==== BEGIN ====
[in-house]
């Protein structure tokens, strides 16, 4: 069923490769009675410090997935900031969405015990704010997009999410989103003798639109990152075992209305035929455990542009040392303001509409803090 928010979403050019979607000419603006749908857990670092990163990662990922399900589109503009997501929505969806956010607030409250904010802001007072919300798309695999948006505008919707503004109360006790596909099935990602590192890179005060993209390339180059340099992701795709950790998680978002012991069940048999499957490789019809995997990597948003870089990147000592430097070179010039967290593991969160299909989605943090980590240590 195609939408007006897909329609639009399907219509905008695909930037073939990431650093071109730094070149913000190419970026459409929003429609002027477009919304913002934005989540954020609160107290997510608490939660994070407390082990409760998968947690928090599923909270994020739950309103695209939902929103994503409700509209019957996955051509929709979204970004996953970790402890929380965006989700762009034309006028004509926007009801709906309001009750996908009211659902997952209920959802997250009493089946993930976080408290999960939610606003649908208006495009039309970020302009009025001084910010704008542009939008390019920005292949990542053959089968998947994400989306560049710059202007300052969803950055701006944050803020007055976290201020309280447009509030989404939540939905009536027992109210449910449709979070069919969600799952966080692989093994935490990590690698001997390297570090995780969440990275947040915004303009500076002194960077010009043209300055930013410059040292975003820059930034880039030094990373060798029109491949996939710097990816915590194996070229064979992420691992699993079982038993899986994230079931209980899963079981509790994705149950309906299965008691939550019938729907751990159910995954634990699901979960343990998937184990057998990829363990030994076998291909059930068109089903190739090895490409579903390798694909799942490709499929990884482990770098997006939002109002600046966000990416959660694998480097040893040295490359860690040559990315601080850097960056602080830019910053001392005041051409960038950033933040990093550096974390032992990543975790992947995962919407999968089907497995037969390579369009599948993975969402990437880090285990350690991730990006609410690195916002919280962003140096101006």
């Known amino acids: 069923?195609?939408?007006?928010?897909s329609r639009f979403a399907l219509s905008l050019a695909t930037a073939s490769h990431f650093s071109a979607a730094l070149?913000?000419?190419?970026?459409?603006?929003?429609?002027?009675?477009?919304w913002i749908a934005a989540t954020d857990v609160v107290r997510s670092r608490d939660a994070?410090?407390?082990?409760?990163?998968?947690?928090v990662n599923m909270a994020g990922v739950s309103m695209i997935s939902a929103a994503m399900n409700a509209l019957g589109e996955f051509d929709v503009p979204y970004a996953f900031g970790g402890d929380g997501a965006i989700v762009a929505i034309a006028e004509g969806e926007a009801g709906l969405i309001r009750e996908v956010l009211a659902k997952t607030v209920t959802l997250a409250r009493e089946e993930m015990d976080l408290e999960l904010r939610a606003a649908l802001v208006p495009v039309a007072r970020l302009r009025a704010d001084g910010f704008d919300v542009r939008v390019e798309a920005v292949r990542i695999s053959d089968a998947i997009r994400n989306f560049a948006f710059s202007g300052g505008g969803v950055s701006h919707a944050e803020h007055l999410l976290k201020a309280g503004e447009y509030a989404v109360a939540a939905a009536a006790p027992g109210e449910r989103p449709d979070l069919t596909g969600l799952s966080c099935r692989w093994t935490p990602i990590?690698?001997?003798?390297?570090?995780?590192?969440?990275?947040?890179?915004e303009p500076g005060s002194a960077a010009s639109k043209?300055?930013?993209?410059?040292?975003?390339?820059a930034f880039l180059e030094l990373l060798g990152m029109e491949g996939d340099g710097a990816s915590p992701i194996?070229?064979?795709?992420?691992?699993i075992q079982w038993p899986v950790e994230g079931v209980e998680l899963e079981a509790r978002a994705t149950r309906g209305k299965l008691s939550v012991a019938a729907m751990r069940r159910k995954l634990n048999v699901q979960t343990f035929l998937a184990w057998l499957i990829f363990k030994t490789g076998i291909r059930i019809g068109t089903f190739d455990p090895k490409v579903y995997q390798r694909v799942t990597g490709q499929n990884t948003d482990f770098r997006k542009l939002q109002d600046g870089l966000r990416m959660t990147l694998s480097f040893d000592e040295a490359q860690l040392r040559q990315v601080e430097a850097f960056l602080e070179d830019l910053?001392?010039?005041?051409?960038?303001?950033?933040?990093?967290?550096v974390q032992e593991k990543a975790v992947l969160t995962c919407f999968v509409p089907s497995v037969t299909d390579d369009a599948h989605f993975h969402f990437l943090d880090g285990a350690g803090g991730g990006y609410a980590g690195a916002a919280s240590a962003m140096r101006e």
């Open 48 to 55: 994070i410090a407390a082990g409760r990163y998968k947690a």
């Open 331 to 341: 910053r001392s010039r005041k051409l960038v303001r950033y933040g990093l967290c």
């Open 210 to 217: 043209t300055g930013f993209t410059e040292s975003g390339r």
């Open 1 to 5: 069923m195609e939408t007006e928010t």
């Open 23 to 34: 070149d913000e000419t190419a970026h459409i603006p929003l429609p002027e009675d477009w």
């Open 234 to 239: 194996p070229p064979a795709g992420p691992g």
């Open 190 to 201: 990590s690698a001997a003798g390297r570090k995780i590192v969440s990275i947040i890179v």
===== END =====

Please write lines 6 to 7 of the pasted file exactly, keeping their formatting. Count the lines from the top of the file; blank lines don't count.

């Open 210 to 217: 043209t300055g930013f993209t410059e040292s975003g390339r």
């Open 1 to 5: 069923m195609e939408t007006e928010t």